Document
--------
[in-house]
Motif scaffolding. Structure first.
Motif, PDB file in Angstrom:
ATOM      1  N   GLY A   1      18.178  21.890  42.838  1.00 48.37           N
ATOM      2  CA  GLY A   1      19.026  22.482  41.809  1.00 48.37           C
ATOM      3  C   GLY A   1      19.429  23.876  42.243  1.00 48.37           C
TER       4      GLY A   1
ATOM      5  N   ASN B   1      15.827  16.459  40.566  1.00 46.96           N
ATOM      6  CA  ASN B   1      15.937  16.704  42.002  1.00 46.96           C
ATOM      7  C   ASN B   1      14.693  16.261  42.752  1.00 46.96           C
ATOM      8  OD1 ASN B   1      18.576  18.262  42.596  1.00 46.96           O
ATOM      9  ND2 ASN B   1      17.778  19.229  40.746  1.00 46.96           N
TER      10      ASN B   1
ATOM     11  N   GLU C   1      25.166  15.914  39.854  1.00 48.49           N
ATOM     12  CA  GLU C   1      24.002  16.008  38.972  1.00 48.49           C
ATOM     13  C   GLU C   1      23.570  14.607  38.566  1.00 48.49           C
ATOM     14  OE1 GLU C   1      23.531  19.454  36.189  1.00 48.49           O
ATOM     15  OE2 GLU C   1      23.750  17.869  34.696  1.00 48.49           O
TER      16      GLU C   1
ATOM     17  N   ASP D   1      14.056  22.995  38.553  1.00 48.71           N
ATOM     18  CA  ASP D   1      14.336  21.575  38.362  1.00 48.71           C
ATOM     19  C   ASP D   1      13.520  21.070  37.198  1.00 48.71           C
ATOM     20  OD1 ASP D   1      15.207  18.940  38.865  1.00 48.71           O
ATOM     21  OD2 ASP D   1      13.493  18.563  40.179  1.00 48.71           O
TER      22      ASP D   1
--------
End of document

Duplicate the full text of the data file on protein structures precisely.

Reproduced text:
[in-house]
Motif scaffolding. Structure first.
Motif, PDB file in Angstrom:
ATOM      1  N   GLY A   1      18.178  21.890  42.838  1.00 48.37           N
ATOM      2  CA  GLY A   1      19.026  22.482  41.809  1.00 48.37           C
ATOM      3  C   GLY A   1      19.429  23.876  42.243  1.00 48.37           C
TER       4      GLY A   1
ATOM      5  N   ASN B   1      15.827  16.459  40.566  1.00 46.96           N
ATOM      6  CA  ASN B   1      15.937  16.704  42.002  1.00 46.96           C
ATOM      7  C   ASN B   1      14.693  16.261  42.752  1.00 46.96           C
ATOM      8  OD1 ASN B   1      18.576  18.262  42.596  1.00 46.96           O
ATOM      9  ND2 ASN B   1      17.778  19.229  40.746  1.00 46.96           N
TER      10      ASN B   1
ATOM     11  N   GLU C   1      25.166  15.914  39.854  1.00 48.49           N
ATOM     12  CA  GLU C   1      24.002  16.008  38.972  1.00 48.49           C
ATOM     13  C   GLU C   1      23.570  14.607  38.566  1.00 48.49           C
ATOM     14  OE1 GLU C   1      23.531  19.454  36.189  1.00 48.49           O
ATOM     15  OE2 GLU C   1      23.750  17.869  34.696  1.00 48.49           O
TER      16      GLU C   1
ATOM     17  N   ASP D   1      14.056  22.995  38.553  1.00 48.71           N
ATOM     18  CA  ASP D   1      14.336  21.575  38.362  1.00 48.71           C
ATOM     19  C   ASP D   1      13.520  21.070  37.198  1.00 48.71           C
ATOM     20  OD1 ASP D   1      15.207  18.940  38.865  1.00 48.71           O
ATOM     21  OD2 ASP D   1      13.493  18.563  40.179  1.00 48.71           O
TER      22      ASP D   1